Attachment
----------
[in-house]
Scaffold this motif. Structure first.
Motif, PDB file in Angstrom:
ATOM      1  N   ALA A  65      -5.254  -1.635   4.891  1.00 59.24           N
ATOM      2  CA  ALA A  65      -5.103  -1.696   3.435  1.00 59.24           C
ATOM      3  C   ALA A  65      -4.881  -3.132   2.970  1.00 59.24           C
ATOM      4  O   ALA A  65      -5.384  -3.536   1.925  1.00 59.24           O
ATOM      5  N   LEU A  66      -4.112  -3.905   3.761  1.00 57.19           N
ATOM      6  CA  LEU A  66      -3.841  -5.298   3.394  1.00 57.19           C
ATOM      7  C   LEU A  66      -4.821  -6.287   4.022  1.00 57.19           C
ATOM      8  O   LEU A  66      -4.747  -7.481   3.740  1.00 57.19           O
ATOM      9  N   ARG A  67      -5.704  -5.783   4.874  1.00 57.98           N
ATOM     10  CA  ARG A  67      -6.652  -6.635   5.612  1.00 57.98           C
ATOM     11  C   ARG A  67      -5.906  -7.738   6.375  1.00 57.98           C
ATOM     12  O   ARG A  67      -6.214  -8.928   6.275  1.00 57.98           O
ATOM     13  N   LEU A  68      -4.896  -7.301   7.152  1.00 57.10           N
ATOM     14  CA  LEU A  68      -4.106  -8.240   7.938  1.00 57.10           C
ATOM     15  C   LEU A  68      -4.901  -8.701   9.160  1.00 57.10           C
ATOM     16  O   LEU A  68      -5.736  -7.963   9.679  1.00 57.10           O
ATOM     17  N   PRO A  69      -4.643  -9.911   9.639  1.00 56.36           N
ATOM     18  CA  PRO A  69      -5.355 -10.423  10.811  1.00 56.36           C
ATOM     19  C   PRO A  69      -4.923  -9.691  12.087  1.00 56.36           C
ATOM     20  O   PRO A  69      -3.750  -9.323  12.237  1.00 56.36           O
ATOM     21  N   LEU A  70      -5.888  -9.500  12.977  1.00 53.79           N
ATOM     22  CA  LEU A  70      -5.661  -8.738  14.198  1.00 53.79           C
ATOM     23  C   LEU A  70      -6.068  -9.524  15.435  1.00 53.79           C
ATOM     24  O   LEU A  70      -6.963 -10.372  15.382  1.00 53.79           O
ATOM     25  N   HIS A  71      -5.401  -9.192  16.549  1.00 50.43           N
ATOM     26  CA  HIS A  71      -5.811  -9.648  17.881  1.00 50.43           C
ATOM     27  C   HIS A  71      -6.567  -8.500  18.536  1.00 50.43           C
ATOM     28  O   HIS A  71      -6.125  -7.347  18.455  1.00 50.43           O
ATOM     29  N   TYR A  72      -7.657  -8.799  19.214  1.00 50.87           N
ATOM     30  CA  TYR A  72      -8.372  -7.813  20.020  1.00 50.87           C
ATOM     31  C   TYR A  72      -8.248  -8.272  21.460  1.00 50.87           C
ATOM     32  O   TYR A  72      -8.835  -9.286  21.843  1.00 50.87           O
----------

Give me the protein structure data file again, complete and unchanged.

[in-house]
Scaffold this motif. Structure first.
Motif, PDB file in Angstrom:
ATOM      1  N   ALA A  65      -5.254  -1.635   4.891  1.00 59.24           N
ATOM      2  CA  ALA A  65      -5.103  -1.696   3.435  1.00 59.24           C
ATOM      3  C   ALA A  65      -4.881  -3.132   2.970  1.00 59.24           C
ATOM      4  O   ALA A  65      -5.384  -3.536   1.925  1.00 59.24           O
ATOM      5  N   LEU A  66      -4.112  -3.905   3.761  1.00 57.19           N
ATOM      6  CA  LEU A  66      -3.841  -5.298   3.394  1.00 57.19           C
ATOM      7  C   LEU A  66      -4.821  -6.287   4.022  1.00 57.19           C
ATOM      8  O   LEU A  66      -4.747  -7.481   3.740  1.00 57.19           O
ATOM      9  N   ARG A  67      -5.704  -5.783   4.874  1.00 57.98           N
ATOM     10  CA  ARG A  67      -6.652  -6.635   5.612  1.00 57.98           C
ATOM     11  C   ARG A  67      -5.906  -7.738   6.375  1.00 57.98           C
ATOM     12  O   ARG A  67      -6.214  -8.928   6.275  1.00 57.98           O
ATOM     13  N   LEU A  68      -4.896  -7.301   7.152  1.00 57.10           N
ATOM     14  CA  LEU A  68      -4.106  -8.240   7.938  1.00 57.10           C
ATOM     15  C   LEU A  68      -4.901  -8.701   9.160  1.00 57.10           C
ATOM     16  O   LEU A  68      -5.736  -7.963   9.679  1.00 57.10           O
ATOM     17  N   PRO A  69      -4.643  -9.911   9.639  1.00 56.36           N
ATOM     18  CA  PRO A  69      -5.355 -10.423  10.811  1.00 56.36           C
ATOM     19  C   PRO A  69      -4.923  -9.691  12.087  1.00 56.36           C
ATOM     20  O   PRO A  69      -3.750  -9.323  12.237  1.00 56.36           O
ATOM     21  N   LEU A  70      -5.888  -9.500  12.977  1.00 53.79           N
ATOM     22  CA  LEU A  70      -5.661  -8.738  14.198  1.00 53.79           C
ATOM     23  C   LEU A  70      -6.068  -9.524  15.435  1.00 53.79           C
ATOM     24  O   LEU A  70      -6.963 -10.372  15.382  1.00 53.79           O
ATOM     25  N   HIS A  71      -5.401  -9.192  16.549  1.00 50.43           N
ATOM     26  CA  HIS A  71      -5.811  -9.648  17.881  1.00 50.43           C
ATOM     27  C   HIS A  71      -6.567  -8.500  18.536  1.00 50.43           C
ATOM     28  O   HIS A  71      -6.125  -7.347  18.455  1.00 50.43           O
ATOM     29  N   TYR A  72      -7.657  -8.799  19.214  1.00 50.87           N
ATOM     30  CA  TYR A  72      -8.372  -7.813  20.020  1.00 50.87           C
ATOM     31  C   TYR A  72      -8.248  -8.272  21.460  1.00 50.87           C
ATOM     32  O   TYR A  72      -8.835  -9.286  21.843  1.00 50.87           O